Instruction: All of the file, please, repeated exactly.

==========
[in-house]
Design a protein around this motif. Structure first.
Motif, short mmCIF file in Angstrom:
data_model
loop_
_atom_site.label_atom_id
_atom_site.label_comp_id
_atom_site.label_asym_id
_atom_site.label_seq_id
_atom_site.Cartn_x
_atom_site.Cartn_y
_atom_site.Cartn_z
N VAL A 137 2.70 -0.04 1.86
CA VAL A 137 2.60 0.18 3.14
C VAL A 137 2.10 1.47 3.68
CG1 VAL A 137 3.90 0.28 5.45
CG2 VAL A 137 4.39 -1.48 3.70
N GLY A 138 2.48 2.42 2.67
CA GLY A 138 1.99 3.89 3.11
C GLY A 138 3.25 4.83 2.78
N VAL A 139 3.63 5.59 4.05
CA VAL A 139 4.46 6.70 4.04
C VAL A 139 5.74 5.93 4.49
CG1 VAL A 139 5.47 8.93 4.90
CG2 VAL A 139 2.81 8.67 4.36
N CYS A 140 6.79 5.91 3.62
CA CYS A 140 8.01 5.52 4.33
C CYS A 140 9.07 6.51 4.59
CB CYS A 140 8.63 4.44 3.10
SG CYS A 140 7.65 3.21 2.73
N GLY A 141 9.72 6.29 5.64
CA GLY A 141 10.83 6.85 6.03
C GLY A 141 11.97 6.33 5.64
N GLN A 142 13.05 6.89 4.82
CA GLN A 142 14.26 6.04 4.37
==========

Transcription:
[in-house]
Design a protein around this motif. Structure first.
Motif, short mmCIF file in Angstrom:
data_model
loop_
_atom_site.label_atom_id
_atom_site.label_comp_id
_atom_site.label_asym_id
_atom_site.label_seq_id
_atom_site.Cartn_x
_atom_site.Cartn_y
_atom_site.Cartn_z
N VAL A 137 2.70 -0.04 1.86
CA VAL A 137 2.60 0.18 3.14
C VAL A 137 2.10 1.47 3.68
CG1 VAL A 137 3.90 0.28 5.45
CG2 VAL A 137 4.39 -1.48 3.70
N GLY A 138 2.48 2.42 2.67
CA GLY A 138 1.99 3.89 3.11
C GLY A 138 3.25 4.83 2.78
N VAL A 139 3.63 5.59 4.05
CA VAL A 139 4.46 6.70 4.04
C VAL A 139 5.74 5.93 4.49
CG1 VAL A 139 5.47 8.93 4.90
CG2 VAL A 139 2.81 8.67 4.36
N CYS A 140 6.79 5.91 3.62
CA CYS A 140 8.01 5.52 4.33
C CYS A 140 9.07 6.51 4.59
CB CYS A 140 8.63 4.44 3.10
SG CYS A 140 7.65 3.21 2.73
N GLY A 141 9.72 6.29 5.64
CA GLY A 141 10.83 6.85 6.03
C GLY A 141 11.97 6.33 5.64
N GLN A 142 13.05 6.89 4.82
CA GLN A 142 14.26 6.04 4.37